English Electric Growl 

Classes: D34 class

D34 class

© English Electric Growl / Bill Parkinson

New South Wales, Australia

After arrival from Rocklea just two days earlier. The sole member of the D34 class was put to use on a coal train to Wongawilli Colliery on May 5th 1969, no. D34 is seen here climbing through the Kembla Valley.

© Bill Parkinson

  • Overview
  • Status
  • Equipment
  • Specifications
  • History
  • Photographs
Introduced
1969
Manufacturer
English Electric Australia, Rocklea Works, Brisbane, Queensland.
Running Numbers
D34
Number Built
1
Locomotive Status
Status
Total
Preserved
1
Total
1
Engine
English Electric 12CSVT MKII
Main Generator
English Electric 822/16J
Auxiliary Generator
English Electric 755
Traction Motors
English Electric 538 x 6
Locomotive Brakes
Air, Rheostatic.
Train Brakes
Air
Wheel Arrangement
Co-Co
 
Imperial Metric
Gauge  
 4 ft 8 in
 1435 mm
Minimum Curve  
 264 ft 0 in
 80467 mm
Length  
 56 ft 10 in
 17323 mm
Width  
 9 ft 6 in
 2895 mm
Height  
 13 ft 11 in
 4242 mm
Weight  
 132 tons
 134.1 tonnes
Fuel Capacity  
 1200 Gallons
 5455 Litres
Power Rating  
 1950 / 1795 HP
 1454 / 1339 kW
Tractive Effort (Start)  
 87,000 lbs
 387 kN
Tractive Effort (Cont)  
 57,000 lbs at 11 mph
 254 kN at 16 km/h
Speed  
 30 mph
 50 km/h

Rather than being a Class of locomotives, D34 is actually a unique locomotive, being built to the specific requirements of its 'first' owners Australian Iron and Steel Propriety. AIS at Port Kembla was a division of the Broken Hill Propriety Compamy [BHP], which until the purchase of D34, used smaller diesels for duties between it's numerous complexes in the area around Port Kembla. All of these locomotives were knows according to their engine Horsepower, apart from their 1800HP locomotive, which was known as D34.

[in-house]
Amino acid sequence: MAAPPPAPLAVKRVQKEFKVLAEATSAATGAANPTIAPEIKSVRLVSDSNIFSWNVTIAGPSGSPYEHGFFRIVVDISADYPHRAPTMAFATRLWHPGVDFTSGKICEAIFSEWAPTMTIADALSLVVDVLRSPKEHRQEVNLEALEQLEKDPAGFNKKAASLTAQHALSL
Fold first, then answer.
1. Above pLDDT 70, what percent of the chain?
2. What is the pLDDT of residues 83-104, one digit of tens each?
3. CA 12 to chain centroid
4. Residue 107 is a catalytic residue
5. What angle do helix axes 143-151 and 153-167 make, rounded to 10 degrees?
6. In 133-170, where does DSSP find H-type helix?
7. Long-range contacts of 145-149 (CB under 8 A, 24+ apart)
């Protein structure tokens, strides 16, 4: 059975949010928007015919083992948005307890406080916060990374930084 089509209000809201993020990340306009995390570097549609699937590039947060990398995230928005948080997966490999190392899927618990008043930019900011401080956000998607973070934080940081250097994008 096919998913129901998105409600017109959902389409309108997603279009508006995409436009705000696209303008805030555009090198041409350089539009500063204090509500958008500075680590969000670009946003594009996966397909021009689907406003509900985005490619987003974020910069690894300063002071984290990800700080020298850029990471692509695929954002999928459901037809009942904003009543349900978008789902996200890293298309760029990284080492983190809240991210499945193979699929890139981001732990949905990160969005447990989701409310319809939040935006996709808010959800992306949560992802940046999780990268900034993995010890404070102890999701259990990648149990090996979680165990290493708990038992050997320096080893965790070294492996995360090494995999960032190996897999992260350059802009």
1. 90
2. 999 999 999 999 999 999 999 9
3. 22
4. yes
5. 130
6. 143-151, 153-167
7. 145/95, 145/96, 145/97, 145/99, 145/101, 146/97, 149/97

The locomotive was designed by English Electric during 1968 and was built at the Rocklea Works in Queensland during the first months of 1969. After trials within the Queensland area, D34 was transferred from Rocklea to Port Kembla by rail, in the formation of normal revenue earning freight trains, arriving on May 3rd 1969. After acceptance examinations, D34 entered service on May 5th 1969.

 

Some early teething problems included failures of the Auxiliary generator and radiator fan clutch bearings, but after modifications these problems were soon sorted out and D34 settled down to duties that were exclusively on traffic to and from the coal mines, such as Wongawilli. Another issue with the locomotive was the rigidity of the bogies which meant excessive wear on the infrastructure, a short term remedy for this included the fitting of flange lubricators, which reduced the problem significantly, a solution used many years later on the West Highland Line in the UK. Although reduced by the fitting of flange lubricators, in later years, this issue led to the locomotive being restricted to duties within the Port Kembla site. It was also commented that 'Queen Mary', as she was nicknamed, would find any infrastructure defect on the site, normally these 'findings' led to the locomotive being derailed!

 

For over 20 years 'Queen Mary' was the largest Diesel amongst the AIS/BHP Fleet, it was used widely and proved quite reliable, being well liked by both maintenance and operating teams. It had a number of mishaps during it's career, the cab seeming to bear most of the damage, but it was skillfully rebuilt on each occasion.

 

After over 23 years in service, the company purchased some 'sister' locos of D34 from BHP Iron Ore. These locomotives has been used by to haul Iron ore trains by Goldsworthy Mining Limited in the Pilbara region of Western Australia. With the purchase of these Goldsworthy A Class locomotives in 1992, and their introduction as the BHP D46 class in 1993, D34's ventures out on the ´mainline´ were diminished until it was decided to restrict it to 'local' duties due to the damage it had caused to infrastructure because it frames were too rigid.

 

D34 has 'changed' owners on numerous occasions since it's introduction, had has been repainted to suit. The last reorganisation of the company, now Bluescope, saw all it's locomotives sold to Pacific National, except for D34, which was sold to a private buyer for preservation in June 2012.

 

A new home for D34 was found at the State Mine Railway in Lithgow, but before it was allowed to moved by rail to it's new home, a number of inspections and repairs were carried out over the next 12 months at Steelhaven, before certification was granted for the move.

Click on Thumbnails below to see a larger image. [ 27 available ]

 

This page was last updated on Sunday March 11th 2018